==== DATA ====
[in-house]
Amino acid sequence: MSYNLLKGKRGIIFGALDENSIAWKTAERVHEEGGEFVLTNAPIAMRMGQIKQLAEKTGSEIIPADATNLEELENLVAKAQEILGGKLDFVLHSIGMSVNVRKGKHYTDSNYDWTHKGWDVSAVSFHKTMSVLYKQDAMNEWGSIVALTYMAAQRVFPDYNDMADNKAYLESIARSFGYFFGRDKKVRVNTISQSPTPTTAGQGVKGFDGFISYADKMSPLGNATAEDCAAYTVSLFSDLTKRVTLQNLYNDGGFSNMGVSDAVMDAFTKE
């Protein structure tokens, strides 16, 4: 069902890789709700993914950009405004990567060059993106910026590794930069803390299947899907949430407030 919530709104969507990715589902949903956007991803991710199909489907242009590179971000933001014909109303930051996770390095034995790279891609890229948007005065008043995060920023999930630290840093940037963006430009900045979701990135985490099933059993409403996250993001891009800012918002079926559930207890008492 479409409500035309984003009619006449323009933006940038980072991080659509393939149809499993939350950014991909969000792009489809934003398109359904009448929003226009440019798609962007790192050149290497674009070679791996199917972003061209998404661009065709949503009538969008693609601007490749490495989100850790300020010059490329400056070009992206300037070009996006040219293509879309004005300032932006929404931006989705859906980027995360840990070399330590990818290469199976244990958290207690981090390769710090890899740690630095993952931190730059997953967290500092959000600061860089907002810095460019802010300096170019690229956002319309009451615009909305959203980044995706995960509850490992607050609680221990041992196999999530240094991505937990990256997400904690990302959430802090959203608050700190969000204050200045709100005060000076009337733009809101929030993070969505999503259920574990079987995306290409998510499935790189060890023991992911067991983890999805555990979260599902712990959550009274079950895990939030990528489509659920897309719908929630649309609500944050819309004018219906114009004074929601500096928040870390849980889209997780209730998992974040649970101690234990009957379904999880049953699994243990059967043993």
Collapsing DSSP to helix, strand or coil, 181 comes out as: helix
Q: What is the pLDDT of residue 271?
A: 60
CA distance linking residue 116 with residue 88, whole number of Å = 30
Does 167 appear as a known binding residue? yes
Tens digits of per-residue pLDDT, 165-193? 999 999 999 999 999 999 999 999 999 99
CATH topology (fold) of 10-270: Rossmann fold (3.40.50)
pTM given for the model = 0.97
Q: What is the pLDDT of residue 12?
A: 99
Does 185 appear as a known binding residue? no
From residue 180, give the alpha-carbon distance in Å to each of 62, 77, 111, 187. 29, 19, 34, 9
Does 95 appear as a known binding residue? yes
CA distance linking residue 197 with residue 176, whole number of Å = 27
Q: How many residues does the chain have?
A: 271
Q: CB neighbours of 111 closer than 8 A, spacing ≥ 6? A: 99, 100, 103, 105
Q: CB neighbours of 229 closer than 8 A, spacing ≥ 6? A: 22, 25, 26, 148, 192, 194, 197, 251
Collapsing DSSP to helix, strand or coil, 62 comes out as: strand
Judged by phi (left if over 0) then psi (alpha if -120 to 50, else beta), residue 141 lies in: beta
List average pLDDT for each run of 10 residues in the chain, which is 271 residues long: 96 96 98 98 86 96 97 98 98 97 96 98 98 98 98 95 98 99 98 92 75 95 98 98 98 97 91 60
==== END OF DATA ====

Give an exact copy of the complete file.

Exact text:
[in-house]
Amino acid sequence: MSYNLLKGKRGIIFGALDENSIAWKTAERVHEEGGEFVLTNAPIAMRMGQIKQLAEKTGSEIIPADATNLEELENLVAKAQEILGGKLDFVLHSIGMSVNVRKGKHYTDSNYDWTHKGWDVSAVSFHKTMSVLYKQDAMNEWGSIVALTYMAAQRVFPDYNDMADNKAYLESIARSFGYFFGRDKKVRVNTISQSPTPTTAGQGVKGFDGFISYADKMSPLGNATAEDCAAYTVSLFSDLTKRVTLQNLYNDGGFSNMGVSDAVMDAFTKE
């Protein structure tokens, strides 16, 4: 069902890789709700993914950009405004990567060059993106910026590794930069803390299947899907949430407030 919530709104969507990715589902949903956007991803991710199909489907242009590179971000933001014909109303930051996770390095034995790279891609890229948007005065008043995060920023999930630290840093940037963006430009900045979701990135985490099933059993409403996250993001891009800012918002079926559930207890008492 479409409500035309984003009619006449323009933006940038980072991080659509393939149809499993939350950014991909969000792009489809934003398109359904009448929003226009440019798609962007790192050149290497674009070679791996199917972003061209998404661009065709949503009538969008693609601007490749490495989100850790300020010059490329400056070009992206300037070009996006040219293509879309004005300032932006929404931006989705859906980027995360840990070399330590990818290469199976244990958290207690981090390769710090890899740690630095993952931190730059997953967290500092959000600061860089907002810095460019802010300096170019690229956002319309009451615009909305959203980044995706995960509850490992607050609680221990041992196999999530240094991505937990990256997400904690990302959430802090959203608050700190969000204050200045709100005060000076009337733009809101929030993070969505999503259920574990079987995306290409998510499935790189060890023991992911067991983890999805555990979260599902712990959550009274079950895990939030990528489509659920897309719908929630649309609500944050819309004018219906114009004074929601500096928040870390849980889209997780209730998992974040649970101690234990009957379904999880049953699994243990059967043993």
Collapsing DSSP to helix, strand or coil, 181 comes out as: helix
Q: What is the pLDDT of residue 271?
A: 60
CA distance linking residue 116 with residue 88, whole number of Å = 30
Does 167 appear as a known binding residue? yes
Tens digits of per-residue pLDDT, 165-193? 999 999 999 999 999 999 999 999 999 99
CATH topology (fold) of 10-270: Rossmann fold (3.40.50)
pTM given for the model = 0.97
Q: What is the pLDDT of residue 12?
A: 99
Does 185 appear as a known binding residue? no
From residue 180, give the alpha-carbon distance in Å to each of 62, 77, 111, 187. 29, 19, 34, 9
Does 95 appear as a known binding residue? yes
CA distance linking residue 197 with residue 176, whole number of Å = 27
Q: How many residues does the chain have?
A: 271
Q: CB neighbours of 111 closer than 8 A, spacing ≥ 6? A: 99, 100, 103, 105
Q: CB neighbours of 229 closer than 8 A, spacing ≥ 6? A: 22, 25, 26, 148, 192, 194, 197, 251
Collapsing DSSP to helix, strand or coil, 62 comes out as: strand
Judged by phi (left if over 0) then psi (alpha if -120 to 50, else beta), residue 141 lies in: beta
List average pLDDT for each run of 10 residues in the chain, which is 271 residues long: 96 96 98 98 86 96 97 98 98 97 96 98 98 98 98 95 98 99 98 92 75 95 98 98 98 97 91 60